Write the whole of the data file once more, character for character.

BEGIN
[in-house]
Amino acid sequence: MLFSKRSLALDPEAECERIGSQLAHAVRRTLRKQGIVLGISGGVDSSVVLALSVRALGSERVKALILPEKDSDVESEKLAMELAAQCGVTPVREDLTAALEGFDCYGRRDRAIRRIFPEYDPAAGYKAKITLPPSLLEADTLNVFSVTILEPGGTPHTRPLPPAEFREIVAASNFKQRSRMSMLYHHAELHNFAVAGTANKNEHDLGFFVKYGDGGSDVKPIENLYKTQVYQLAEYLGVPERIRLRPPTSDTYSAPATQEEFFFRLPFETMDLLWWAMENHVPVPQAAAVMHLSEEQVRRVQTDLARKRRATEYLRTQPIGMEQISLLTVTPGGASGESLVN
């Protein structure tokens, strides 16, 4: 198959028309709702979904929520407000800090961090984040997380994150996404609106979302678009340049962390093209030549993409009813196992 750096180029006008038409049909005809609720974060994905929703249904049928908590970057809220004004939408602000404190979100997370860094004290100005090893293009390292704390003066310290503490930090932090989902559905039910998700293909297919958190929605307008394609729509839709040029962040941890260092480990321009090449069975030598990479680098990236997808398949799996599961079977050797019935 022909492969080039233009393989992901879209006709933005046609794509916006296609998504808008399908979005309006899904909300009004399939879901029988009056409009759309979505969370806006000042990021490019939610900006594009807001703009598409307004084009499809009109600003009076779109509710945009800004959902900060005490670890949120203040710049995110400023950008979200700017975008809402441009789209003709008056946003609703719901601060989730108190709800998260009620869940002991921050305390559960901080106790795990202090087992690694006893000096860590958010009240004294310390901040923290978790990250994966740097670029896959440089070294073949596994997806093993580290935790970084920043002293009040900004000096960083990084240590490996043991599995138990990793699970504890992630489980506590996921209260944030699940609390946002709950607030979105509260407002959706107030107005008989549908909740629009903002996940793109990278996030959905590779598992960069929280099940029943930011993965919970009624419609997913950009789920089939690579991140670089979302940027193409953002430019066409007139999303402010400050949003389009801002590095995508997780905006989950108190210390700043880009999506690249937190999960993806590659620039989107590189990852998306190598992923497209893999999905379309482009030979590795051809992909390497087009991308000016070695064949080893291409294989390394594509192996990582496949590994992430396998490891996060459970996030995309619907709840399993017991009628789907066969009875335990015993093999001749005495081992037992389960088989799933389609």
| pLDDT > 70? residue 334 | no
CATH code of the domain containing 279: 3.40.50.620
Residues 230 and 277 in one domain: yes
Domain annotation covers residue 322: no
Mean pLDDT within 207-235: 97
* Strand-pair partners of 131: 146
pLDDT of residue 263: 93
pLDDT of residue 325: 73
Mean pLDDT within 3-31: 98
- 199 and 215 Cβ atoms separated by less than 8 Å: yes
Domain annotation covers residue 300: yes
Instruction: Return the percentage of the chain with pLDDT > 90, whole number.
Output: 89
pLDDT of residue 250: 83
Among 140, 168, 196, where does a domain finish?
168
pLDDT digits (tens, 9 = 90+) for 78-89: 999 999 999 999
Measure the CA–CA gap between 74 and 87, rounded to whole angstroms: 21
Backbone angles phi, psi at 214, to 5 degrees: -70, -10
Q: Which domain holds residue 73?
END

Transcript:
[in-house]
Amino acid sequence: MLFSKRSLALDPEAECERIGSQLAHAVRRTLRKQGIVLGISGGVDSSVVLALSVRALGSERVKALILPEKDSDVESEKLAMELAAQCGVTPVREDLTAALEGFDCYGRRDRAIRRIFPEYDPAAGYKAKITLPPSLLEADTLNVFSVTILEPGGTPHTRPLPPAEFREIVAASNFKQRSRMSMLYHHAELHNFAVAGTANKNEHDLGFFVKYGDGGSDVKPIENLYKTQVYQLAEYLGVPERIRLRPPTSDTYSAPATQEEFFFRLPFETMDLLWWAMENHVPVPQAAAVMHLSEEQVRRVQTDLARKRRATEYLRTQPIGMEQISLLTVTPGGASGESLVN
């Protein structure tokens, strides 16, 4: 198959028309709702979904929520407000800090961090984040997380994150996404609106979302678009340049962390093209030549993409009813196992 750096180029006008038409049909005809609720974060994905929703249904049928908590970057809220004004939408602000404190979100997370860094004290100005090893293009390292704390003066310290503490930090932090989902559905039910998700293909297919958190929605307008394609729509839709040029962040941890260092480990321009090449069975030598990479680098990236997808398949799996599961079977050797019935 022909492969080039233009393989992901879209006709933005046609794509916006296609998504808008399908979005309006899904909300009004399939879901029988009056409009759309979505969370806006000042990021490019939610900006594009807001703009598409307004084009499809009109600003009076779109509710945009800004959902900060005490670890949120203040710049995110400023950008979200700017975008809402441009789209003709008056946003609703719901601060989730108190709800998260009620869940002991921050305390559960901080106790795990202090087992690694006893000096860590958010009240004294310390901040923290978790990250994966740097670029896959440089070294073949596994997806093993580290935790970084920043002293009040900004000096960083990084240590490996043991599995138990990793699970504890992630489980506590996921209260944030699940609390946002709950607030979105509260407002959706107030107005008989549908909740629009903002996940793109990278996030959905590779598992960069929280099940029943930011993965919970009624419609997913950009789920089939690579991140670089979302940027193409953002430019066409007139999303402010400050949003389009801002590095995508997780905006989950108190210390700043880009999506690249937190999960993806590659620039989107590189990852998306190598992923497209893999999905379309482009030979590795051809992909390497087009991308000016070695064949080893291409294989390394594509192996990582496949590994992430396998490891996060459970996030995309619907709840399993017991009628789907066969009875335990015993093999001749005495081992037992389960088989799933389609």
| pLDDT > 70? residue 334 | no
CATH code of the domain containing 279: 3.40.50.620
Residues 230 and 277 in one domain: yes
Domain annotation covers residue 322: no
Mean pLDDT within 207-235: 97
* Strand-pair partners of 131: 146
pLDDT of residue 263: 93
pLDDT of residue 325: 73
Mean pLDDT within 3-31: 98
- 199 and 215 Cβ atoms separated by less than 8 Å: yes
Domain annotation covers residue 300: yes
Instruction: Return the percentage of the chain with pLDDT > 90, whole number.
Output: 89
pLDDT of residue 250: 83
Among 140, 168, 196, where does a domain finish?
168
pLDDT digits (tens, 9 = 90+) for 78-89: 999 999 999 999
Measure the CA–CA gap between 74 and 87, rounded to whole angstroms: 21
Backbone angles phi, psi at 214, to 5 degrees: -70, -10
Q: Which domain holds residue 73?